The invention will 4be fully understood from the following detailed description of illustrative embodiments thereof taken in connection with the appended drawings, .in which:

FIGS. lA and 1B are schematic block diagrams of a complete Ibandwidth reduction system embodying the principles of this invention;

FIG. 1C is a replica of the spectrogram of connected speech sounds;

FIG. 2A is a schematic block diagram of a transmitter utilizing the principles of this invention;

FIG. 2B is a schematic block diagram of a receiver utilizing the principles of this invention;

FIGS. 3A and 3B are schematic block diagrams of a bandwidth reduction system applying the principles of this invention to a sin-gle frequency band;

FIG. 4 is a schematic block diagram of an embodiment illustrating the application of the principles of this invention to a -voice excited vocoder; and

FIG. 5A shows the relationship between FIGS. 1A and 1B;

FIG. 5B shows the relationship between FIGS. 2A and 2B; and

FIG. 5C shows t-he relationship bet-Ween FIGS. 3 and 3B.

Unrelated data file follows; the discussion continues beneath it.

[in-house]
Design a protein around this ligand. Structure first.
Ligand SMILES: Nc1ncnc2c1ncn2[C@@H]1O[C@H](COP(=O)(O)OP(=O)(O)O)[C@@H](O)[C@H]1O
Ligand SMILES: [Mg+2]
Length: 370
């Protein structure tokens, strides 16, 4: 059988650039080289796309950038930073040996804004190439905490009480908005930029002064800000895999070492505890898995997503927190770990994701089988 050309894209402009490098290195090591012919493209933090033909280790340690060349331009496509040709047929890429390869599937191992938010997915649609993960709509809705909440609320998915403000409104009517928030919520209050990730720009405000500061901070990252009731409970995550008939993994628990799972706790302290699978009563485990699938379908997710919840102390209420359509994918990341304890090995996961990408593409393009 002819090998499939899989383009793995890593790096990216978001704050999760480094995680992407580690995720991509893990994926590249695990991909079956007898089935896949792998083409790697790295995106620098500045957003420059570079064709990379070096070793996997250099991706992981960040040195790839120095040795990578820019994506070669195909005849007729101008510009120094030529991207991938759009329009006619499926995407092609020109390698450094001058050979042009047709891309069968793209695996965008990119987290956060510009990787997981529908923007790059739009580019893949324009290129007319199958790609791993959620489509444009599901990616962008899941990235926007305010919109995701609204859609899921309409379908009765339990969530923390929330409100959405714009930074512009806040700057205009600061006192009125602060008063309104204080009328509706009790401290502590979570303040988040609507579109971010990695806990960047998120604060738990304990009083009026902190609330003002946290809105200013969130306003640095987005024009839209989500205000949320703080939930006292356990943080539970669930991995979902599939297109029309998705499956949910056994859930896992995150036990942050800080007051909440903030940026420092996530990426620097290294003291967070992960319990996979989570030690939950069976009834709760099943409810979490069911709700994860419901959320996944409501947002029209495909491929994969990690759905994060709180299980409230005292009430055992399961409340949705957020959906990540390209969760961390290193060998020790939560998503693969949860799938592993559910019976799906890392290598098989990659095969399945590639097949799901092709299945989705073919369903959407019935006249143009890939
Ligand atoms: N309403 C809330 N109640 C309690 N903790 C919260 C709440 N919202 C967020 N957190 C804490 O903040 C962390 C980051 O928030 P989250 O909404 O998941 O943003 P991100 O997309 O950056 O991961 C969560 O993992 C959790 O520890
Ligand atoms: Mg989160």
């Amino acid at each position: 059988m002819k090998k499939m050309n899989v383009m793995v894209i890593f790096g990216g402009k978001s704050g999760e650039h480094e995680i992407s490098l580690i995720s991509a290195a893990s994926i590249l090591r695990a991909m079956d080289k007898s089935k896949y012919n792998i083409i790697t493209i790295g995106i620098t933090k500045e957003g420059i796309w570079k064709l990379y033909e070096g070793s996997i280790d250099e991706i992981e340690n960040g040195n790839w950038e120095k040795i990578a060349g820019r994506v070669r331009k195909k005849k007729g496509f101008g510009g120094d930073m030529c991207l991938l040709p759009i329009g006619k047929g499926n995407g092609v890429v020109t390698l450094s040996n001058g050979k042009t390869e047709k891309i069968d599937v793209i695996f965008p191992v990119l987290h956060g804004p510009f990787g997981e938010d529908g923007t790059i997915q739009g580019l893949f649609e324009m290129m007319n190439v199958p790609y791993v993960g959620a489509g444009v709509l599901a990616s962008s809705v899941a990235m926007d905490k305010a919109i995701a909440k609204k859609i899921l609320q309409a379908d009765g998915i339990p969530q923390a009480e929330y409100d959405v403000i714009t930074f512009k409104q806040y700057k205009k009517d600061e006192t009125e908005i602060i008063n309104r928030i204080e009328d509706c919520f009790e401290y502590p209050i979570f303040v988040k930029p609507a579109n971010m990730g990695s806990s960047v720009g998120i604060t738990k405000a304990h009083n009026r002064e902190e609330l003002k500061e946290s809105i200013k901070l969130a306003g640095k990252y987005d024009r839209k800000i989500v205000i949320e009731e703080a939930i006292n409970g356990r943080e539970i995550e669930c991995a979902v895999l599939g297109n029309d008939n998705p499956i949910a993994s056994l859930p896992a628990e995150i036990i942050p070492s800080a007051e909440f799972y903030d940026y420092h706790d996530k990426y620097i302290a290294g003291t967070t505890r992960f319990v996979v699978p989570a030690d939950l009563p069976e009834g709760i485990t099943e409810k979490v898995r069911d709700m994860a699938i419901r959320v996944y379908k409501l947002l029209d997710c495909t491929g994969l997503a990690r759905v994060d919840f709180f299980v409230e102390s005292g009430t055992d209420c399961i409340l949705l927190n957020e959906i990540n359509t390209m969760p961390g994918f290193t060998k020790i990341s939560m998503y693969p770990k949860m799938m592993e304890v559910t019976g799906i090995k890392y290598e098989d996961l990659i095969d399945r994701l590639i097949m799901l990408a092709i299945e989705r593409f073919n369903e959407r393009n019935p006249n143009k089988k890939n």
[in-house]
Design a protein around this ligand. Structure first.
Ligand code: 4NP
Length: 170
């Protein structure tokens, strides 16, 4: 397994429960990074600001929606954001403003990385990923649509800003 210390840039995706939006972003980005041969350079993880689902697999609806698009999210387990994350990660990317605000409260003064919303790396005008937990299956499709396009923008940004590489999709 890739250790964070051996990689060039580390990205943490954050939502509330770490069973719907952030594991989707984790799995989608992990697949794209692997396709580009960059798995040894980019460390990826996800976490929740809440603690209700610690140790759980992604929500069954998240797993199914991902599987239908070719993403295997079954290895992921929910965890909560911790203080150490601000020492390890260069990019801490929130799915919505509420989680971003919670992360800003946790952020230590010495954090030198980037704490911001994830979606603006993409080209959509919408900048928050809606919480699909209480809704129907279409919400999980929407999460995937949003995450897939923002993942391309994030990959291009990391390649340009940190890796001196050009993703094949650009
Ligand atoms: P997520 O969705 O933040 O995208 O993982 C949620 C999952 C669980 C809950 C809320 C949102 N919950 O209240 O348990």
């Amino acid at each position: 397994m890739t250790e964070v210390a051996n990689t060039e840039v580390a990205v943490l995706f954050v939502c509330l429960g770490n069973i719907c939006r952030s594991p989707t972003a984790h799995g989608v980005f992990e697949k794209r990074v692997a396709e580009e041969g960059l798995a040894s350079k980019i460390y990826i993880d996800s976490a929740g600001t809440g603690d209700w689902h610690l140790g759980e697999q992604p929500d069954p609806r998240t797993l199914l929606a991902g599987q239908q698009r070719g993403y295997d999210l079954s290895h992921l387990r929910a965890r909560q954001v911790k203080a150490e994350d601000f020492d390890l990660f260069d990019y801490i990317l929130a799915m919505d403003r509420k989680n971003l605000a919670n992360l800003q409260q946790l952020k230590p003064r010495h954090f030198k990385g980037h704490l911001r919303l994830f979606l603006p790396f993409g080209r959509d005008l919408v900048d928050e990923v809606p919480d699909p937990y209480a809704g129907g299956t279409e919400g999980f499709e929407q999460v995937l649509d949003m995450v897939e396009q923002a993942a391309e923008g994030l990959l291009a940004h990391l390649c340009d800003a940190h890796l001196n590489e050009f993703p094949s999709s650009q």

Referring first to FIG. 1C, there is illustrated a replica of a sound spectrogram of the utterance, should we chase those young outlaw cowboys'l The shaded areas represent varying amounts of energy, with the darker areas representing greater amounts of energy than the lighter areas, and the unshaded or blank areas representing zero energy or silent intervals. It is observed that this seemingly continuous utterance is in fact composed of a succession of energy bursts separated by silent intervals. This invention takes advantage of the silent intervals to reduce the bandwidth required to transmit voice signals by transmitting during the silent interval next following a speech burst the least significant digits fro-m a series of code words representing samples of the speech burst.